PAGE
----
Monday, September 28, 2009

Alcohol – Australia’s Greatest Curse.

Australians have a tendency to be loud and obnoxious when they are beered up, which in my experience, is much of the time. They're descendants from pockets and cut purses, and as we all know, the acorn doesn't fall far from the tree. Michael Carey – American


They [Australians] are not a nation of snobs like the English or of extravagant boasters like the Americans or of reckless profligates like the French, they are simply a nation of drunkards. Marcus Clark – English Historian


A man may be a tough, concentrated, successful money-maker and never contribute to his country anything more than a horrible example. Robert Menzies – Former Australian Prime minister




This is going to sound mighty hypocritical coming from an imbiber, but I urge you to hear me out. Anything overdone which leads to a negative outcome is bad for you, and many things can become negative addictions. Even eating to excess is unhealthy. Then there are runners so addicted to the endorphin highs induced by running long distances that they’ll neglect family and friends until it becomes an obsessive lifestyle. Running becomes almost their whole world, and without it life would have less meaning to them (former running addict speaking here; now an occasional walker). We all overindulge in something, don’t we?

What I am talking about is the negative social impact alcohol can have on society-at-large. Admittedly, my view of this has taken a dramatic and negative alteration since taking up cab driving again three years ago. Before that I never gave much thought to this (perhaps even contributed to the problem sometimes), but seeing the devastation firsthand has altered my feelings forever. A Saturday night going into Sunday morning can be a cab driver’s worst nightmare. I dread the Saturday nights, but unfortunately it’s where the most money is to be earned. So I just have to bear it and consider it an “occupational hazard”. I imagine being a police or ambulance officer on such nights is no different. I’ll make my case clearer by quoting Senator Steve Fielding:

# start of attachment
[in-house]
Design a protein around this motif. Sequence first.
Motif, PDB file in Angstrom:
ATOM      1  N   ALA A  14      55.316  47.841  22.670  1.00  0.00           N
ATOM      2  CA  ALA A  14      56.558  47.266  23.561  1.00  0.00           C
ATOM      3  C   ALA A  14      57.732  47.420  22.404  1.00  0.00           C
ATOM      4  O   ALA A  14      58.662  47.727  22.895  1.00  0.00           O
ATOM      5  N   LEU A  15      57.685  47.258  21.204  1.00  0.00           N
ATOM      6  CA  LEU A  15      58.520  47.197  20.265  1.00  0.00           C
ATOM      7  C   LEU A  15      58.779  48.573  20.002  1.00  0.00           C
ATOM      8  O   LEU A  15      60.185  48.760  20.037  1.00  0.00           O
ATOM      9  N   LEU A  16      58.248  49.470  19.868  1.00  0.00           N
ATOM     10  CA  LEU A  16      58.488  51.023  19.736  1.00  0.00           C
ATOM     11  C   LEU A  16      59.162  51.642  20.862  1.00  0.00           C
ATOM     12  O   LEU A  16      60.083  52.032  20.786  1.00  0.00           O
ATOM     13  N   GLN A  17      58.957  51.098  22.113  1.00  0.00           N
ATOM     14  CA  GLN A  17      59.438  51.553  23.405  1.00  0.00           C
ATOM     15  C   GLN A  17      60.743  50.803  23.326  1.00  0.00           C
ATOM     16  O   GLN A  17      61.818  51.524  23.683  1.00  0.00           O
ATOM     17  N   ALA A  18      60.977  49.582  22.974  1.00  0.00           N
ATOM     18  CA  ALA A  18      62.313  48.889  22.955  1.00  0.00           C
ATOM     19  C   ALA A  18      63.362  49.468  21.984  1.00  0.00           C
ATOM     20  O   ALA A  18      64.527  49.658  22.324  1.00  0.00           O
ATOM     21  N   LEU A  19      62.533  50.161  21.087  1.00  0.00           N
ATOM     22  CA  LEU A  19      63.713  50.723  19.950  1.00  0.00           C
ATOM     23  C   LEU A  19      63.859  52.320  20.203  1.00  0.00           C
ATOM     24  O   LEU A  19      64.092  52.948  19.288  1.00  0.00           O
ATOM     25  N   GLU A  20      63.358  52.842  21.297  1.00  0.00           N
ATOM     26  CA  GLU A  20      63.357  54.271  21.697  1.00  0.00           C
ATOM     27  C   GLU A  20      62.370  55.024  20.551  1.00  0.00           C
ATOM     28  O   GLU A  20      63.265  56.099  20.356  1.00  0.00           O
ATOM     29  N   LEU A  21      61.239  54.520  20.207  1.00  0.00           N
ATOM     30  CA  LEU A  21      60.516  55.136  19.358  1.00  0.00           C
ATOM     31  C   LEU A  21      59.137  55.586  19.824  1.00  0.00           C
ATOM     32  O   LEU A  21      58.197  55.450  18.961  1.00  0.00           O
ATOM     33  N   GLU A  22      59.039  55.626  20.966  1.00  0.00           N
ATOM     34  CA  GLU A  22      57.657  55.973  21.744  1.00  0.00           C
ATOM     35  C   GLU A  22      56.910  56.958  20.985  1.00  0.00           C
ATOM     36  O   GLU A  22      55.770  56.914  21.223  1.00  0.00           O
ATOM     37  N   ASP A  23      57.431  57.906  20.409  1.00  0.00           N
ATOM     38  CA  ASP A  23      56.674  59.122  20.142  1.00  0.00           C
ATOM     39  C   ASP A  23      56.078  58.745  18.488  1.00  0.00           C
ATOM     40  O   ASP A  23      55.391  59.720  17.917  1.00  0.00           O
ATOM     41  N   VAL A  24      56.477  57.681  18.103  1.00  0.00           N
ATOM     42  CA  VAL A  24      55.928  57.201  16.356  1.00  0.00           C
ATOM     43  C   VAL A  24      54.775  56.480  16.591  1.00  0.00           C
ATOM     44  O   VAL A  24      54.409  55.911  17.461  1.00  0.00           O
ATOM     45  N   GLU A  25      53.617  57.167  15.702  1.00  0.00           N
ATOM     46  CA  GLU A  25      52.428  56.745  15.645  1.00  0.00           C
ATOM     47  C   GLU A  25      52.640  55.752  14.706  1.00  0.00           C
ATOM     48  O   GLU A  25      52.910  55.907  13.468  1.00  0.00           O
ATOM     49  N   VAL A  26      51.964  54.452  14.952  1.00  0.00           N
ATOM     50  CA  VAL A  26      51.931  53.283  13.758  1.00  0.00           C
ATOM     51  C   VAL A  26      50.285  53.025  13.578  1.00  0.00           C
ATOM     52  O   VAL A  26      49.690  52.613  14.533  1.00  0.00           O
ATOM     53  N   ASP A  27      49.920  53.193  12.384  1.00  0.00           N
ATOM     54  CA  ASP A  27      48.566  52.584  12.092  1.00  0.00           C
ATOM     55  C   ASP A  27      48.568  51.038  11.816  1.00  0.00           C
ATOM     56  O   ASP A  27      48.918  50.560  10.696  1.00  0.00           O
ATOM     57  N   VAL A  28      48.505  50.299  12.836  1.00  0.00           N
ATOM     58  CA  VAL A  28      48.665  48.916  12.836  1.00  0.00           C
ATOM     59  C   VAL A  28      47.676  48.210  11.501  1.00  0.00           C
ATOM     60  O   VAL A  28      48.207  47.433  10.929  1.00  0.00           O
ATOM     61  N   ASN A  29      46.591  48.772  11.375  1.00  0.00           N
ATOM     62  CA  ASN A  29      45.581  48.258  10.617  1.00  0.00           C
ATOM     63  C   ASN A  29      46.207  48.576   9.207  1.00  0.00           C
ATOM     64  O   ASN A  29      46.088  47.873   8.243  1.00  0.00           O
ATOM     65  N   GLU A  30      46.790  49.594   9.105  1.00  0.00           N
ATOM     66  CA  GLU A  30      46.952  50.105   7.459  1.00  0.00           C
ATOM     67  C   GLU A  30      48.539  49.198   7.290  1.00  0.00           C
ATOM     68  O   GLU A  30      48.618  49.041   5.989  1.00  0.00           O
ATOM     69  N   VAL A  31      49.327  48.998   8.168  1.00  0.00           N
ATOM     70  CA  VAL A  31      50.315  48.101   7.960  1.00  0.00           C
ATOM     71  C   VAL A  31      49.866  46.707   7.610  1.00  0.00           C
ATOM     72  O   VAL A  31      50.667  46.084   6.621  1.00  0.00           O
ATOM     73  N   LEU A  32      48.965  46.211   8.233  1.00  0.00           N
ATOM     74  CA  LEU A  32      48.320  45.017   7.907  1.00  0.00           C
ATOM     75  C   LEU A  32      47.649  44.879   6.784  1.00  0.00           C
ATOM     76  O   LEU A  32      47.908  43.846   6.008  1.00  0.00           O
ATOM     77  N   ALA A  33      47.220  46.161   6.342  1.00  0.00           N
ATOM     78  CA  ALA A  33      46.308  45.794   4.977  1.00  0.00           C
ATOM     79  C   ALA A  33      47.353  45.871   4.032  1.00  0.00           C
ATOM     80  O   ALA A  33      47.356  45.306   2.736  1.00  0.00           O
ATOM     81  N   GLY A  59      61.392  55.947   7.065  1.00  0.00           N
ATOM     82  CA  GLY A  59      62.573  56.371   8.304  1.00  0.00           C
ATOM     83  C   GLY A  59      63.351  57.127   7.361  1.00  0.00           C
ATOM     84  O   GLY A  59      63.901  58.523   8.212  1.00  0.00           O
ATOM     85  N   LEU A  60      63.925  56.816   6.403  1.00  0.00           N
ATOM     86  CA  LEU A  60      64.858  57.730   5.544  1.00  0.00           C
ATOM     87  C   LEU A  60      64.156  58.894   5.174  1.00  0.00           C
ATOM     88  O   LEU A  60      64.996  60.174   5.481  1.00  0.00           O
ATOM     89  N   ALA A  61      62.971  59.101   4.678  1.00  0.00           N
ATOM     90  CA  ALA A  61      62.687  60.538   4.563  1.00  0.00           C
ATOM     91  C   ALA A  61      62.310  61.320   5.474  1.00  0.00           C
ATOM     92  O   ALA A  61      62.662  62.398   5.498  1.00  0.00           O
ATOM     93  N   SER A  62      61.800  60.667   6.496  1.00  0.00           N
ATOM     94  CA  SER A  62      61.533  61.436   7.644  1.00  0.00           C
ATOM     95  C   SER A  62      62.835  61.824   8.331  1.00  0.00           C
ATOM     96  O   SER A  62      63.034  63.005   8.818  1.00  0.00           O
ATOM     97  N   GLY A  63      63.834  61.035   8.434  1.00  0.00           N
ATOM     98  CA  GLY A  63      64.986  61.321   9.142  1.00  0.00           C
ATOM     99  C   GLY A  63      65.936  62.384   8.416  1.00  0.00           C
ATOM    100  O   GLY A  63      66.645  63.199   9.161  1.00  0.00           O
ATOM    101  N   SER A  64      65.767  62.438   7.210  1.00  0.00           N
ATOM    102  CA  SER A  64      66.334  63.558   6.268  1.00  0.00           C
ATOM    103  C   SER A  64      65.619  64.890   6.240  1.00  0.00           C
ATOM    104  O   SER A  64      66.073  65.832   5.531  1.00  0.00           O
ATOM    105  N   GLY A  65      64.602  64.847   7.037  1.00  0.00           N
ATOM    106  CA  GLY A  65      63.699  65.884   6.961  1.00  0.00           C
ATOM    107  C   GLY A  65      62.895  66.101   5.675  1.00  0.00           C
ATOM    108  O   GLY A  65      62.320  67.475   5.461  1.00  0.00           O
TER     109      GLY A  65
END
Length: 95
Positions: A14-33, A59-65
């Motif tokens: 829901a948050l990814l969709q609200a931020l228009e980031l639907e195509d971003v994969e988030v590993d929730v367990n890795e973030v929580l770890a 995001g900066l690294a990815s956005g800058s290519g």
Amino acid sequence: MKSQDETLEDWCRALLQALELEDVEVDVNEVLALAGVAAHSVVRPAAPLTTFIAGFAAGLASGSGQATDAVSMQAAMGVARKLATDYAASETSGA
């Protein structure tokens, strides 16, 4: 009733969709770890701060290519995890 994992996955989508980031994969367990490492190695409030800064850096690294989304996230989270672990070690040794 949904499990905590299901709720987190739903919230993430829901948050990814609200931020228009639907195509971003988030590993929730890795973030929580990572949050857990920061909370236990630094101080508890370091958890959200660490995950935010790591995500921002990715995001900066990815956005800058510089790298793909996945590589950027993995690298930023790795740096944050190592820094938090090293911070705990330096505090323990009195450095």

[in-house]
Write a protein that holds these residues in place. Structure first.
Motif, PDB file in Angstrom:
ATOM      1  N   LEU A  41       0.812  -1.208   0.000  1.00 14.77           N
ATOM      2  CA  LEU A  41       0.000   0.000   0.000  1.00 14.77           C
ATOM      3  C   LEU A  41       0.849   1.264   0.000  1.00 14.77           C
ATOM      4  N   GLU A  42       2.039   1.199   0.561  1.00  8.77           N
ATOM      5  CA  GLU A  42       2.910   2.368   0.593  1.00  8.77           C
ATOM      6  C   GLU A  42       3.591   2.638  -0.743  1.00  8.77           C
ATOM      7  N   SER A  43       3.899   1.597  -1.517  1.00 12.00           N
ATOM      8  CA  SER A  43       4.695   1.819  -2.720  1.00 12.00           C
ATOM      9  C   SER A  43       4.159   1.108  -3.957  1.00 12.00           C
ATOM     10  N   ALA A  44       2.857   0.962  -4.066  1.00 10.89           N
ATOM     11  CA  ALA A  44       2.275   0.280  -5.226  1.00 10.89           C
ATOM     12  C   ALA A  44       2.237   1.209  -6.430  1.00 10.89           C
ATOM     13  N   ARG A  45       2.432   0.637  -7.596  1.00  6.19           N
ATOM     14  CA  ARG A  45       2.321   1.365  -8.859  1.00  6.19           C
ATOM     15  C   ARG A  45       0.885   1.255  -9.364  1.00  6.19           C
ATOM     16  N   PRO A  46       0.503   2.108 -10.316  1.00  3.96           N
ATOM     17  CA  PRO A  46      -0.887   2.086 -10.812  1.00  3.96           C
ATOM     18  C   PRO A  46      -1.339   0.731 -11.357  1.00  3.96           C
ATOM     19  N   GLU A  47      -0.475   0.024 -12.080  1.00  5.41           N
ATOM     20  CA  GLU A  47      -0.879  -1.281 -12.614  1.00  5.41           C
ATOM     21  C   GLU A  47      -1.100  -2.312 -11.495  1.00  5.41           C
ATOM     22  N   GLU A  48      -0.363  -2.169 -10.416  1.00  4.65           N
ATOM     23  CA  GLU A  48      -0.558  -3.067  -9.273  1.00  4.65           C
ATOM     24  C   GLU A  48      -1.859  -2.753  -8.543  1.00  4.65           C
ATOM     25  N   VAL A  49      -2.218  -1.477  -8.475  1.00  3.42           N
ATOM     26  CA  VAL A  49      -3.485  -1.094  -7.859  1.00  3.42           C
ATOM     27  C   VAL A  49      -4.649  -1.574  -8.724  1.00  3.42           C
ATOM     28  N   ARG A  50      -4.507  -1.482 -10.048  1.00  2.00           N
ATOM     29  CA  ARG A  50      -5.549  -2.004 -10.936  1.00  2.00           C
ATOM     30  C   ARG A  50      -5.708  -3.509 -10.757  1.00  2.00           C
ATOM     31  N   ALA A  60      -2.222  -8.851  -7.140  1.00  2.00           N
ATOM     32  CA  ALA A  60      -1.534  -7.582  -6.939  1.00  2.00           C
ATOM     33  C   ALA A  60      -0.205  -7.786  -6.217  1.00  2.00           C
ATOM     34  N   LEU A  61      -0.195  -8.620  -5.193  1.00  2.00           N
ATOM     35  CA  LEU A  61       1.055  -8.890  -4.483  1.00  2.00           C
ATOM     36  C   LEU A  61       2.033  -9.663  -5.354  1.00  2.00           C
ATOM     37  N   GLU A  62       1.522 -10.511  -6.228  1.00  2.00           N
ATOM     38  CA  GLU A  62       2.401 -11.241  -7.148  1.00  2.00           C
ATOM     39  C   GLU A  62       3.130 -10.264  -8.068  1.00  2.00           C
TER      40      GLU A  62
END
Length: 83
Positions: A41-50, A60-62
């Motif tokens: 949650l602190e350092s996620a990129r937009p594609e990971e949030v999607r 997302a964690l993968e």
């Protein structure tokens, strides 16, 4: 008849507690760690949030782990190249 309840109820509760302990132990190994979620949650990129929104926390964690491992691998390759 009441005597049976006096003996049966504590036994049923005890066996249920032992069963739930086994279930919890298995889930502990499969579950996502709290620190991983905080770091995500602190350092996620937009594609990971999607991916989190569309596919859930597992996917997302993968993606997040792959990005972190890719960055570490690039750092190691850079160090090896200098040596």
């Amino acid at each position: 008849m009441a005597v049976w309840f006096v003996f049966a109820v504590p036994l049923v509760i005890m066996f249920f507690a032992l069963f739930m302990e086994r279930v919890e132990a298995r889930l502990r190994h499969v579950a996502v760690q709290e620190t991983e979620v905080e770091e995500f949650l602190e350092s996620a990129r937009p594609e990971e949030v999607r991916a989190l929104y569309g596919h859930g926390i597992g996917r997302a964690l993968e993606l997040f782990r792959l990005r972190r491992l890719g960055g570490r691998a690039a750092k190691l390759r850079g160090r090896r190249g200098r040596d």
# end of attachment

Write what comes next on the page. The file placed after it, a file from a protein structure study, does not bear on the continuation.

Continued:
I’m going to do something here that most pollies wouldn’t do and ask for help. Help in trying to address Australia’s $16bn alcohol toll. I want the readers of my blog to leave a comment and share their ideas on how governments can address Australia’s binge drinking culture and the violence which stems from it….As we know only too well, Kevin Rudd’s idea of fixing this nation’s binge drinking culture was to slap a tax on alcopops. Well Kevin, that’s done nothing to prevent the alcohol fuelled violence which has taken hold on our streets. It’s now almost 18 months since the tax was introduced and we’re still reading about alcohol related bashings and glassings in the paper every week….
Now I’m no wowser. I drink and most Australians drink, but something needs to be done to stop the $16bn a year in taxpayers’ money from being wasted on cleaning up after drunks. That’s not to mention the 40 percent of police work which is related to the excessive consumption of alcohol….
It’s no wonder people are getting beaten up around nightspots where there is the dangerous cocktail of 12 jager bombs and testosterone mixed together. We could always put more police on the streets but is that really going to address the core problem that we’ve got here?